GeoRabble returns to Melbourne on Monday 8 April 2019 at Melbourne Convention Centre. Networking drinks start at 5:30pm. Presentations commence shortly there after followed by more networking.
Grab yourself a ticket and enjoy the night with friends sharing geospatial ideas, free of sales pitches and hidden agendas! Each presentation is light, relevant to geo-something and only 10 minutes long.
Alistair Hart: On What Grounds? Complex terrain mapping in croc country
When a digital terrain model was requested in a complex and partially vegetated terrain at very short notice, a creative solution was called for. The team acquired and merged both airborne photogrammetric and terrestrial GNSS point clouds to develop a dataset that mitigated the worst impacts of the vegetation – at the expense of the paintwork on the company 4WD.
Alex Woods: Back to the future
Australia is in the process of datum modernisation. This includes the time-dependent Australian Terrestrial Reference Frame which enables representation of spatial data at any time, and associated Geocentric Datum of Australia 2020 which supports the combination of spatial data at a common point in time. The relatively stable and consistent motion of the Australian tectonic plate makes Australia ideally suited to the adoption of a plate motion model in delivering a time-dependent reference frame. Just like the flux capacitor in the DeLorean of Back to the future, the Australian plate motion model is what makes time travel possible.
Mary-Ellen: Women Leaders’ STEM Expedition to Antarctica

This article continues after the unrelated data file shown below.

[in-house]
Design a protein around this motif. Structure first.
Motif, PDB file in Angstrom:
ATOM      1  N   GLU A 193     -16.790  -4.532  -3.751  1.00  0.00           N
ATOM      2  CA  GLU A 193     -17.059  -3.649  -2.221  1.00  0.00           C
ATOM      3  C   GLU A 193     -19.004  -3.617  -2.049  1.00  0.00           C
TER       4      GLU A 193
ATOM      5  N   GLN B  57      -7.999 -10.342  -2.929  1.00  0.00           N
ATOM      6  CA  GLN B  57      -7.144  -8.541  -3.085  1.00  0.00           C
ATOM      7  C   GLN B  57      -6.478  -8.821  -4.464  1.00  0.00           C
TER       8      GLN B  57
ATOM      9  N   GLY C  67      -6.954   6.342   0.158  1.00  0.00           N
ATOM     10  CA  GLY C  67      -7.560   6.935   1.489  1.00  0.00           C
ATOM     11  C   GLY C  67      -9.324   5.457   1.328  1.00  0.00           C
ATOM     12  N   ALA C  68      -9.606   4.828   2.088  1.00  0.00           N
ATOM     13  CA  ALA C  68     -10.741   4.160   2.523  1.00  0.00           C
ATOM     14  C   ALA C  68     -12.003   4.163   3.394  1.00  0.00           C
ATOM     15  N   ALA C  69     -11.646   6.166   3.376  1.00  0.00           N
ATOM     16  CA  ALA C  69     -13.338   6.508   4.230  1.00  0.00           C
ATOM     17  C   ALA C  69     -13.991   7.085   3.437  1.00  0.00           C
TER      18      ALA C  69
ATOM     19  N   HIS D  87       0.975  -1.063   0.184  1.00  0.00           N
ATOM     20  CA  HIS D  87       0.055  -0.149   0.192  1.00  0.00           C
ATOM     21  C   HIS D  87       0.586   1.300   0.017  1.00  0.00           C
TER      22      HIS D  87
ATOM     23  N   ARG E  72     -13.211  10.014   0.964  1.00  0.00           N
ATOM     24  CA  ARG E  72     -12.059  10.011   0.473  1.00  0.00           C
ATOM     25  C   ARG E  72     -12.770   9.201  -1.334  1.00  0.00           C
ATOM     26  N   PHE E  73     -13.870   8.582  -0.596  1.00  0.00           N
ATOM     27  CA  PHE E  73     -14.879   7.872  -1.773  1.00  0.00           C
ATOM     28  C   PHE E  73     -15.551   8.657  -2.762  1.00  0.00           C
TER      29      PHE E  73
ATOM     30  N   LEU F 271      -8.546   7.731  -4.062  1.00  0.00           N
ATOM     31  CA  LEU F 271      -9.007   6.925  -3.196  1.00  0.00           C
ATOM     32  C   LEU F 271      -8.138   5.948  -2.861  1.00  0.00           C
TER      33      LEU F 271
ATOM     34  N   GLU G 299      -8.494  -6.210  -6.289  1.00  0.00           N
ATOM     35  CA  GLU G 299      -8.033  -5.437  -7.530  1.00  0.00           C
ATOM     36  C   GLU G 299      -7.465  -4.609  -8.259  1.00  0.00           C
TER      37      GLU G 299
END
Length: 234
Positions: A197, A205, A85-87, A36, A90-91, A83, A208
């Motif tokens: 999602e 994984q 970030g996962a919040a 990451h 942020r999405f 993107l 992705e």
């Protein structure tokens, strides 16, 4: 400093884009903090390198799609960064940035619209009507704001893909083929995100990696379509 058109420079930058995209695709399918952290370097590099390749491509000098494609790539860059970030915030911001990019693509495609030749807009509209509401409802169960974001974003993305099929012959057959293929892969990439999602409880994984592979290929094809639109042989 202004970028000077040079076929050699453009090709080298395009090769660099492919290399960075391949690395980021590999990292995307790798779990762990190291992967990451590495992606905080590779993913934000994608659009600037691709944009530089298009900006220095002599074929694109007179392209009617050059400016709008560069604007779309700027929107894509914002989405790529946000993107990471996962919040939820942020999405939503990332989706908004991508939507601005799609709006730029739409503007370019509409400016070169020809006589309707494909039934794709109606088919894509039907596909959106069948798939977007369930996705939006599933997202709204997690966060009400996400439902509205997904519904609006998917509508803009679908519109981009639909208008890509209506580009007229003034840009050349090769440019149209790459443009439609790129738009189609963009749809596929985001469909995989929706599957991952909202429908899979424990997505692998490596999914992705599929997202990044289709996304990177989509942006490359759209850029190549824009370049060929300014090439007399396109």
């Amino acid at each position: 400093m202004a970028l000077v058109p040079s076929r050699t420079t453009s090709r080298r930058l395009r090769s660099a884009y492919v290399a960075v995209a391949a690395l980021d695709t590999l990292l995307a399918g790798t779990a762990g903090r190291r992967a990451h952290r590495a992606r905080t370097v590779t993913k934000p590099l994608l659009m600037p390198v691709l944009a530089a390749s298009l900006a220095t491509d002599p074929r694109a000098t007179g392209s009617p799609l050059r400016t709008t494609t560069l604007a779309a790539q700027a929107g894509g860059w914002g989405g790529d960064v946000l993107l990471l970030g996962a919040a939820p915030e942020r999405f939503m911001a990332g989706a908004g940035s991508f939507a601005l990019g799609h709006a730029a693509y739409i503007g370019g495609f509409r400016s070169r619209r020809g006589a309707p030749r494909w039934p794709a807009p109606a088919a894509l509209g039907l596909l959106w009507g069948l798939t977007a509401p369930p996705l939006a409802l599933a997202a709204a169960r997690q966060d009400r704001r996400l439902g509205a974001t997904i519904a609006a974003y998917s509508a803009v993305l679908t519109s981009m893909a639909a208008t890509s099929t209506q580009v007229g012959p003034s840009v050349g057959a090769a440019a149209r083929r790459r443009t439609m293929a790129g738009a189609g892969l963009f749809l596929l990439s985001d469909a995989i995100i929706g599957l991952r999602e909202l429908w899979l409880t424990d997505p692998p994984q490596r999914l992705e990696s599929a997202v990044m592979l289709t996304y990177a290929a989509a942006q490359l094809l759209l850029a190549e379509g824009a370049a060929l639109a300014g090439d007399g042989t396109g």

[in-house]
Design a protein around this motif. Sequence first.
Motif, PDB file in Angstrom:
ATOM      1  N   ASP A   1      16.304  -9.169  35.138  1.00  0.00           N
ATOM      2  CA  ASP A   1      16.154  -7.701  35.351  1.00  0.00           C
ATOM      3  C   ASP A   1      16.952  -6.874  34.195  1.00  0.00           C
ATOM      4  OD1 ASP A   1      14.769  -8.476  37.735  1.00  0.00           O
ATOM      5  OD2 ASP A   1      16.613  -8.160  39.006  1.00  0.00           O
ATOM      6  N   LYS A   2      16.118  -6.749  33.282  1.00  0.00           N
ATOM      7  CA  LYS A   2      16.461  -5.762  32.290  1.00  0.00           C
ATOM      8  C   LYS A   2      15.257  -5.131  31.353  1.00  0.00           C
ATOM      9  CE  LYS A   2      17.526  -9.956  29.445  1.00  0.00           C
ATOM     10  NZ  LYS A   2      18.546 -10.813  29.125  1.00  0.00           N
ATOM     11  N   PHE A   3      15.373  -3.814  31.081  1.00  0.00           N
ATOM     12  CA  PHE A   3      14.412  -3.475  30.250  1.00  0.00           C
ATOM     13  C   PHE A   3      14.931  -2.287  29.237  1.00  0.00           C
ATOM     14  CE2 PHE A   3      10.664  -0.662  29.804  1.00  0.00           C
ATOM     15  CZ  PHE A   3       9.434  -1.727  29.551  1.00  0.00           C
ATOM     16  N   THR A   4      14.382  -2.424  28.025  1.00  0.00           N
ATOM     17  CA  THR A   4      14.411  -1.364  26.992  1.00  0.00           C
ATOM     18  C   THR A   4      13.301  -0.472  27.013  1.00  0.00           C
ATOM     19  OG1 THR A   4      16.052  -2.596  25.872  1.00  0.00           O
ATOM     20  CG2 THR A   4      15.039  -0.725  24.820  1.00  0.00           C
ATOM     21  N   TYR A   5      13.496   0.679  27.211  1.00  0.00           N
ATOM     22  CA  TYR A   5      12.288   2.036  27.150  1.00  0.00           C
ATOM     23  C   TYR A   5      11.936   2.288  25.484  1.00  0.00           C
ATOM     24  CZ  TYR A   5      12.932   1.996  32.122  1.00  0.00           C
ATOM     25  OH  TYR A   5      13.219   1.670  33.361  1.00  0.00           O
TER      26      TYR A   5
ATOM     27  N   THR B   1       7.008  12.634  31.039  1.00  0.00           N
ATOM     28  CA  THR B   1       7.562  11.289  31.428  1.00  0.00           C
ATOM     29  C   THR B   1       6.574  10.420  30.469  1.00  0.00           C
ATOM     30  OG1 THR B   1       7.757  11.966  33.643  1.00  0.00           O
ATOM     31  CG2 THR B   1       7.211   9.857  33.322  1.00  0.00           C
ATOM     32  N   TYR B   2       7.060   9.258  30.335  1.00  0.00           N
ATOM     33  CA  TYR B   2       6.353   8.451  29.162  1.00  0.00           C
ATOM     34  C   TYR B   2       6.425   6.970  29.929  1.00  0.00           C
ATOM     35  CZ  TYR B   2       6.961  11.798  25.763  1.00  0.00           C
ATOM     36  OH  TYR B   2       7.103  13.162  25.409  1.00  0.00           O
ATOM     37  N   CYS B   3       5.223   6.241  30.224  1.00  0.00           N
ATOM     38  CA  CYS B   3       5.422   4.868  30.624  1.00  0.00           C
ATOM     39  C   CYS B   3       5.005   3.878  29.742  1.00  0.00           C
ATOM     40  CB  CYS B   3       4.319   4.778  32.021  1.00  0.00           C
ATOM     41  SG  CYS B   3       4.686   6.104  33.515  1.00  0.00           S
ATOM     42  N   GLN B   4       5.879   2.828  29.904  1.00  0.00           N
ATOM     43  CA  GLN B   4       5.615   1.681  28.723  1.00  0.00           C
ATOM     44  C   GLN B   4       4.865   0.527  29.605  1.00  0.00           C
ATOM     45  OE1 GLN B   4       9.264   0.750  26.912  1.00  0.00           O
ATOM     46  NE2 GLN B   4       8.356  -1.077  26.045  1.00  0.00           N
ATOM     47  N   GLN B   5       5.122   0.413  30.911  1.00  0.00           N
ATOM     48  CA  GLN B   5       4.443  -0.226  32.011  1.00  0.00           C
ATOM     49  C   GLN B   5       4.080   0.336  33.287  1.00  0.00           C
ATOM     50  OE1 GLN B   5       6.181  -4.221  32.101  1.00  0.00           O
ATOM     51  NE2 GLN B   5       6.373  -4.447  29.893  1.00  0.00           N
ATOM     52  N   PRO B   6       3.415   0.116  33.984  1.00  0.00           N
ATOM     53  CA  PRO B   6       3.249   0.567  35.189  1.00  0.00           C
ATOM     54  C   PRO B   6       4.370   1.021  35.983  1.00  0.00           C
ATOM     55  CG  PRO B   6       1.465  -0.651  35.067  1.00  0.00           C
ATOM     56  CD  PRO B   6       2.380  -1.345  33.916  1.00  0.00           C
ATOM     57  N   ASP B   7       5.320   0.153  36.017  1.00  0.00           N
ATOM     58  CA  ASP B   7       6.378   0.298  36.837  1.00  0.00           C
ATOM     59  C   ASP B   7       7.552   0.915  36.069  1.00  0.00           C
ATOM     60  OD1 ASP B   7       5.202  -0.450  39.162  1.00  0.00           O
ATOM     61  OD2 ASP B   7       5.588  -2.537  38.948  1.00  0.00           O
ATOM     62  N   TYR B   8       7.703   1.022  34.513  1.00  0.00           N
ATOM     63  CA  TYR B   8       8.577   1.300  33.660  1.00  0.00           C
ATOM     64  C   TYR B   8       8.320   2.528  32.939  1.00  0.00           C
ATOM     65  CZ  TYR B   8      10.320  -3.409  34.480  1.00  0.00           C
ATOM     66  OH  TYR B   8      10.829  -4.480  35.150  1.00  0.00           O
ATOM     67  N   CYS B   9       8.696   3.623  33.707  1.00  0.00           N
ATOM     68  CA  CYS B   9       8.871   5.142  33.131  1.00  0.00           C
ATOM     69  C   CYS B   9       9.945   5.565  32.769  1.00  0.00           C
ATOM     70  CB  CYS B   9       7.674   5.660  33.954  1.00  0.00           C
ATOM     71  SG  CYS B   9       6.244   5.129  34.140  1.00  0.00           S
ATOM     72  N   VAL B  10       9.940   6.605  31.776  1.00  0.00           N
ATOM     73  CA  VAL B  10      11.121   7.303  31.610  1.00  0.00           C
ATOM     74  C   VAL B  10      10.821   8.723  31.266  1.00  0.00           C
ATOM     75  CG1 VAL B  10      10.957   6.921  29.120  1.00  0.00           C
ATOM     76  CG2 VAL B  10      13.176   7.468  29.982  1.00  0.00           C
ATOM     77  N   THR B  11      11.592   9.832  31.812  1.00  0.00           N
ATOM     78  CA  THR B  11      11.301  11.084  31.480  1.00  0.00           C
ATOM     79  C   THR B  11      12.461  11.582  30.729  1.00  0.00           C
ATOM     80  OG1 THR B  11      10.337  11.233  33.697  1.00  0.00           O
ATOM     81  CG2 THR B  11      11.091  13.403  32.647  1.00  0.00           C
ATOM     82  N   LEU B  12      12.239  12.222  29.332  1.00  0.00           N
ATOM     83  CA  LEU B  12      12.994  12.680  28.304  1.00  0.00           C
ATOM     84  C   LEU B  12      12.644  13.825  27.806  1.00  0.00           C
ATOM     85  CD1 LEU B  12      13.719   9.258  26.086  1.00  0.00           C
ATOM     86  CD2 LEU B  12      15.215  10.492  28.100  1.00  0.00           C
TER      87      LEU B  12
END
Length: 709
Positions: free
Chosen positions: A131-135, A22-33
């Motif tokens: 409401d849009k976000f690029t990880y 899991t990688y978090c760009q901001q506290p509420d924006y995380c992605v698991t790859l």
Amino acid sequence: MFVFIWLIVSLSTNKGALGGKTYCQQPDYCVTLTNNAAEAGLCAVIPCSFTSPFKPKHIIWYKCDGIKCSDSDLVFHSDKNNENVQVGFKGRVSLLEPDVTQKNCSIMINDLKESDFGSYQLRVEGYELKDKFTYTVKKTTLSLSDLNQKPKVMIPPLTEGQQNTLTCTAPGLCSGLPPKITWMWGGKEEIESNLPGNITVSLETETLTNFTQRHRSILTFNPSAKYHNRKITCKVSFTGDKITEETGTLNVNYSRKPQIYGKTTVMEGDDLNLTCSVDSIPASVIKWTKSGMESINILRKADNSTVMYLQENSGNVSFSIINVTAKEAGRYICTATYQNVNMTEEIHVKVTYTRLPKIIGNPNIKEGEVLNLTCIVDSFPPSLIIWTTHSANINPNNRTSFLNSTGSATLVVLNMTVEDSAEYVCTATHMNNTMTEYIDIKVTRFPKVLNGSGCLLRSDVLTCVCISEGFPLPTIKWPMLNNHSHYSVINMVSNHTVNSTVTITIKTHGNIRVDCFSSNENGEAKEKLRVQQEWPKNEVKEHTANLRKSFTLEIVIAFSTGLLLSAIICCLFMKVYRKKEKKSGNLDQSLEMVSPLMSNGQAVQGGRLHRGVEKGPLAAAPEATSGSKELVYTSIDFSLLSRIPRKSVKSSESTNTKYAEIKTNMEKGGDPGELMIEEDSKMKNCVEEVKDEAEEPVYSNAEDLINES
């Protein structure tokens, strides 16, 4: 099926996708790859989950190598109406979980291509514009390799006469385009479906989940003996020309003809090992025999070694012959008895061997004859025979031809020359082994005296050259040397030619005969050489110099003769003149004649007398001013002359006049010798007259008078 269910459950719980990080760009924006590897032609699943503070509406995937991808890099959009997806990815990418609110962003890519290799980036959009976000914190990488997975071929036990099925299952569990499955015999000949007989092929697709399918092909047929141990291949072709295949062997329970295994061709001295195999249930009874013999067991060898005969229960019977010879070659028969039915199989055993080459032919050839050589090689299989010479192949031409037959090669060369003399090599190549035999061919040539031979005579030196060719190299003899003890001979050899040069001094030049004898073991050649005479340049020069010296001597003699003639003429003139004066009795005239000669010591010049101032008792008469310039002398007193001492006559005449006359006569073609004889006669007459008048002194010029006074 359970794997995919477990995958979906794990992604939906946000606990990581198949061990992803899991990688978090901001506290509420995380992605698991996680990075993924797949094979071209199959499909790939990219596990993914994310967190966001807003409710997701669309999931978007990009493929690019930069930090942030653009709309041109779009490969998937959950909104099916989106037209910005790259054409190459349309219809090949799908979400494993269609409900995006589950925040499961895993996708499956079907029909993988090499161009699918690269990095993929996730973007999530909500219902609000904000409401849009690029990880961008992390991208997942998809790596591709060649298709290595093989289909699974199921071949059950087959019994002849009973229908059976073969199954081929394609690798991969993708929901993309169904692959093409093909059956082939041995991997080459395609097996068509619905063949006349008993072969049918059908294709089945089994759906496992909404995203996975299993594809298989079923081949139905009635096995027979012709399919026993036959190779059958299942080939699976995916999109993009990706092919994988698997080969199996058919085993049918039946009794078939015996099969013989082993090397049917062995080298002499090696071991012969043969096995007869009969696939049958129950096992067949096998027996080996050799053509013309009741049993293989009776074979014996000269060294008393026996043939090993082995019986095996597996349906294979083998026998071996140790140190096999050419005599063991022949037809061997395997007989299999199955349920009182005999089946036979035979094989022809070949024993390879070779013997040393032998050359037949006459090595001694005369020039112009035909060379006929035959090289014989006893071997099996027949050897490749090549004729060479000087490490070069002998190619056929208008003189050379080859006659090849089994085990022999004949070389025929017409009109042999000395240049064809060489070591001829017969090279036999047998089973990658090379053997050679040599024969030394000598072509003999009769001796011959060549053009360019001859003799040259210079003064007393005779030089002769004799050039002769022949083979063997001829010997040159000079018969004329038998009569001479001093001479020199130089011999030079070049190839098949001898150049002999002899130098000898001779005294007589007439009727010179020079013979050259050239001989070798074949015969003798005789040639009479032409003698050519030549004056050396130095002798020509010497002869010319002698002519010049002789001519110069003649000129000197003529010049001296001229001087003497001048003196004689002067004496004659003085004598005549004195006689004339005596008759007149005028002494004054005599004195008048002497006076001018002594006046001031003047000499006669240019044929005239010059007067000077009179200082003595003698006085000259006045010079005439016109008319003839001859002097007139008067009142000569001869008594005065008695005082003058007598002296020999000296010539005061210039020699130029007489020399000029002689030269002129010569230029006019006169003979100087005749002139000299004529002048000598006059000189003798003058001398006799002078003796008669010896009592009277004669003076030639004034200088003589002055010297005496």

A month ago Mary-Ellen Feeney returned from a month-long expedition to Antarctica to promote Women Leaders in STEM. An expedition of 80 female leaders in different disciplines and from 28 different countries set sail for Antarctica on 31 December 2018 to welcome the New Year with a message to the world about the urgency of strengthening female participation in the decisions defining the planet’s future. Mary-Ellen will discuss some of the key learning initiatives of the expedition, the role for spatial as well as the amazing environmental context of completing this year long collaboration in Antarctica.
Martin Tomko: Mapping Country. 21st century surveying of ancient landscapes
The principles of surveying have not changed since its emergence on the floodplains of Ancient Egypt. The realisation of these principles in technology has changed dramatically even, within this speaker’s lifetime. Our research and practices must shift with it. I will speak of our recent efforts in mapping ancient cultural and engineering landscapes in Western Victoria using drone and robotic mapping. Cute yellow boxes on wheels shooting Lasers will be moving on screen.
Steve Bennett: Exposed – the inner workings of a modern web map app
Industry insider Steve Bennett reveals the secrets that Big Geospatial doesn’t want you to know. He breaks down a high-profile, high-performance web app built using open source tools, vector tiles for live point-in-polygon lookups – and not a database in sight.
More to be announced.
If you have a great geospatial idea that you would like to share with a group of like-minded people, we want you for our next GeoRabble! Contact the GeoRabble committee to express your interesting topic in 20 words or less, or email your idea to firstname.lastname@example.org